Friday, March 14, 2014

Coach Mike's favorite season (so far)

After taking a couple of weeks to let it all sink in, here is a look back at my first year as a head basketball coach. My season at The Scholars Academy in Charlotte was amazing -- one of those rare life experiences that actually exceeds expectations.

I don't know if folks remember any of the things I posted months ago, but it was a rocky start back in October. And that was before the girl who was supposed to be our best player decided on the eve of our first practice to participate in Mock Trial instead of basketball. My wife said after I read that email from the girl's mother, all the color drained from my face.

I knew I had taken a job at a charter school for gifted students, but did I really lose an All-Conference player to Mock Trial? "What have I gotten myself into?"

Our Fine Nine

That left us with 9 girls, including four 6th-graders and one 5th-grader, to play in our 7th/8th-grade league. Four of them had never played basketball at any level. Several were soccer players, not accustomed to using their hands in sports. Our center, Celeste, was shorter than the guards on several teams in our league. Our guards were smaller (often significantly so) than their counterparts.

That being said, the improvement from the first day of practice to the end of the season was absolutely mind-blowing. Our little 5th-grader, Ritika, a tennis-playing basketball neophyte, turned herself into a good outside shooter. She had just 10 points in the first 13 games but was our leading scorer the last three games. Schuyler, who had trouble hitting the backboard on layup attempts -- I am not kidding! -- became a valuable contributor who made two big free throws in one game. Olivia, a soccer-playing 6th-grader who hadn't played hoops in three years, developed a nice short-range jumper. Margaret, who came into the season with some guard skills, took her game up several notches. She hit the winning shot in the final seconds of our next-to-last regular-season game and followed that by scoring 14 points, our season high for any individual.

We had incredible captains, Maddie and Sienna, and they set the tone for a group that was willing to work. If I told the girls to run, they ran hard, and they did so without complaint (mostly). They loved competing against each other in practice. They willingly dove to the floor when the situation called for it. Charlotte, one of our "littles," fearlessly stole the basketball from girls twice her size -- plays that thrilled her teammates (and her coach). Hannah was willing to mix it up with anybody, and our opponents had the bruises to prove it. Celeste and Sienna never got tired, and that's saying something because we used our 1-2-1-1 press almost every minute of every game.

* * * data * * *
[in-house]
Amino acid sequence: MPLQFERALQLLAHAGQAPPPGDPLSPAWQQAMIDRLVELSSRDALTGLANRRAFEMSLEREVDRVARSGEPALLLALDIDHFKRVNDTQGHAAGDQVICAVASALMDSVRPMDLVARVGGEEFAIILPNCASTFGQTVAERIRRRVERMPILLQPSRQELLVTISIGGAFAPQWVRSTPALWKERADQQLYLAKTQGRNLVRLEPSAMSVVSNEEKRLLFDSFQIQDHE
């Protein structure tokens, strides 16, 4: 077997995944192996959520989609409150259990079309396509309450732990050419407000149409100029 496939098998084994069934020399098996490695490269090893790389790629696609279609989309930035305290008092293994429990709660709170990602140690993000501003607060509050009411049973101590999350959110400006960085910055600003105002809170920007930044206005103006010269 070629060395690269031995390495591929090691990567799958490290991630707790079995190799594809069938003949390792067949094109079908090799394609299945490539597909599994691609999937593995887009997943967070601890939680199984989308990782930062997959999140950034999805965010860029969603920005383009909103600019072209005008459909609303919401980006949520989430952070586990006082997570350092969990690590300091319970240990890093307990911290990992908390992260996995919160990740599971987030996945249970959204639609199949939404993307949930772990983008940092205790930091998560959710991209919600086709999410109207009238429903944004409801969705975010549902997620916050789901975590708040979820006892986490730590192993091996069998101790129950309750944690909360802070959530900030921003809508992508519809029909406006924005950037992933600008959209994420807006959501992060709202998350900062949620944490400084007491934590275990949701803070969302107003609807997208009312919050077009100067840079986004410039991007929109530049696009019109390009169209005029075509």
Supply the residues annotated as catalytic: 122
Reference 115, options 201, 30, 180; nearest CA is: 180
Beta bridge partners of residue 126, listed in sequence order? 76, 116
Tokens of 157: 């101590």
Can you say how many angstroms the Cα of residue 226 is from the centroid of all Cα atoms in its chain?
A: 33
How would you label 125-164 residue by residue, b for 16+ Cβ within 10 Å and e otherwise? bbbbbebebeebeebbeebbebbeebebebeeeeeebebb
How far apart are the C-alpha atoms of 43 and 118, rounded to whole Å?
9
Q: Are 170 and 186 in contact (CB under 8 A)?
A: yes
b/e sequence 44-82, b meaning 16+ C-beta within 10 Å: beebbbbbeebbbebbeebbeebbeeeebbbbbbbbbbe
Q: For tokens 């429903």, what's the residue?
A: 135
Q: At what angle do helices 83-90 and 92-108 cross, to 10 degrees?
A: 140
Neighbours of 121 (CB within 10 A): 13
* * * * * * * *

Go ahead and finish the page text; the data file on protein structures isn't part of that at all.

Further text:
Kids at Scholars are motivated, well-parented -- and smart. They loved to correct my grammar, and Maddie once raised her hand at practice to say, "I have an anecdote I'd like to share." You know, the kind of thing all athletes say. They like each other and have a great collective sense of humor. Also, and this is big, these girls care. A lot.


Despite our improvement and our team chemistry, the Eagles had severe limitations. We had trouble rebounding because of our size. Our players rarely looked up when they dribbled. We often panicked when pressured, leading to lots of bad passes. And to say we shot poorly would be doing a disservice to the word "poorly." Still, we were able to compete because we played good defense -- and because we scrapped and clawed and out-hustled every team we played. 

Once I saw the makeup of our team, I thought we could be more aggressive than our opponents and force the refs to make difficult decisions; as a guy who officiates this age group myself, I'll say most refs don't want to call everything so they let a lot go. I told the girls that I didn't care if half the team fouled out -- I wanted our opponents to know they were in for a battle. These girls are really tough and competitive, and they loved pressing full court. Coming out of huddles, we often would yell, "Aggressive!"